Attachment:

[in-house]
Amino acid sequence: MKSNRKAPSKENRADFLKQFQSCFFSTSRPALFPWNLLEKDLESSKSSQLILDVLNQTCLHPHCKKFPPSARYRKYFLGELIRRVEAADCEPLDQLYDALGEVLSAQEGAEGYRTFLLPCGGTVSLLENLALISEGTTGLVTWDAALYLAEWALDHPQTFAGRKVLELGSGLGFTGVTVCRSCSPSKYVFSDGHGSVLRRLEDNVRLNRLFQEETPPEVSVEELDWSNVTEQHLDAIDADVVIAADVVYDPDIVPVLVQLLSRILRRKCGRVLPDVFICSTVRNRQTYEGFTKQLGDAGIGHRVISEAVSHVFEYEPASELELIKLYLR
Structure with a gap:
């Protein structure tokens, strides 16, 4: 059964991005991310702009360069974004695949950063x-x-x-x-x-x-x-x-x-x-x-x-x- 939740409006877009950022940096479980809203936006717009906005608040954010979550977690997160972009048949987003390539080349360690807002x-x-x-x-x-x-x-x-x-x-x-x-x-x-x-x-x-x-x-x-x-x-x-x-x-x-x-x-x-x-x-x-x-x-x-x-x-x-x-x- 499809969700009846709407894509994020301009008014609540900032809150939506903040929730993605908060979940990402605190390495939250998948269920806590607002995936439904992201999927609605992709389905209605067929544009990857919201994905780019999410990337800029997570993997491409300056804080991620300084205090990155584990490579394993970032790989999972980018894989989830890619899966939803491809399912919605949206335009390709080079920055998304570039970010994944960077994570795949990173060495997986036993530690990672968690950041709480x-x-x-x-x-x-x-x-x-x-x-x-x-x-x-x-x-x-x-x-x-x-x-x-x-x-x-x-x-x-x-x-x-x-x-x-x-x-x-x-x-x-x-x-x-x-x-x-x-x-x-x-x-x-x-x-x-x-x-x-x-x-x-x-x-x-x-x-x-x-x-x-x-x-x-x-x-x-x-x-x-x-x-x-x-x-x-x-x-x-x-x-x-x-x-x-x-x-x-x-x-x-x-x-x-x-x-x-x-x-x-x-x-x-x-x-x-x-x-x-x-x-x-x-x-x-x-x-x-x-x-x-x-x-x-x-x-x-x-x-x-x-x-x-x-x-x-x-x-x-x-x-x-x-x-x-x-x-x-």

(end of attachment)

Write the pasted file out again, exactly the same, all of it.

[in-house]
Amino acid sequence: MKSNRKAPSKENRADFLKQFQSCFFSTSRPALFPWNLLEKDLESSKSSQLILDVLNQTCLHPHCKKFPPSARYRKYFLGELIRRVEAADCEPLDQLYDALGEVLSAQEGAEGYRTFLLPCGGTVSLLENLALISEGTTGLVTWDAALYLAEWALDHPQTFAGRKVLELGSGLGFTGVTVCRSCSPSKYVFSDGHGSVLRRLEDNVRLNRLFQEETPPEVSVEELDWSNVTEQHLDAIDADVVIAADVVYDPDIVPVLVQLLSRILRRKCGRVLPDVFICSTVRNRQTYEGFTKQLGDAGIGHRVISEAVSHVFEYEPASELELIKLYLR
Structure with a gap:
């Protein structure tokens, strides 16, 4: 059964991005991310702009360069974004695949950063x-x-x-x-x-x-x-x-x-x-x-x-x- 939740409006877009950022940096479980809203936006717009906005608040954010979550977690997160972009048949987003390539080349360690807002x-x-x-x-x-x-x-x-x-x-x-x-x-x-x-x-x-x-x-x-x-x-x-x-x-x-x-x-x-x-x-x-x-x-x-x-x-x-x-x- 499809969700009846709407894509994020301009008014609540900032809150939506903040929730993605908060979940990402605190390495939250998948269920806590607002995936439904992201999927609605992709389905209605067929544009990857919201994905780019999410990337800029997570993997491409300056804080991620300084205090990155584990490579394993970032790989999972980018894989989830890619899966939803491809399912919605949206335009390709080079920055998304570039970010994944960077994570795949990173060495997986036993530690990672968690950041709480x-x-x-x-x-x-x-x-x-x-x-x-x-x-x-x-x-x-x-x-x-x-x-x-x-x-x-x-x-x-x-x-x-x-x-x-x-x-x-x-x-x-x-x-x-x-x-x-x-x-x-x-x-x-x-x-x-x-x-x-x-x-x-x-x-x-x-x-x-x-x-x-x-x-x-x-x-x-x-x-x-x-x-x-x-x-x-x-x-x-x-x-x-x-x-x-x-x-x-x-x-x-x-x-x-x-x-x-x-x-x-x-x-x-x-x-x-x-x-x-x-x-x-x-x-x-x-x-x-x-x-x-x-x-x-x-x-x-x-x-x-x-x-x-x-x-x-x-x-x-x-x-x-x-x-x-x-x-x-």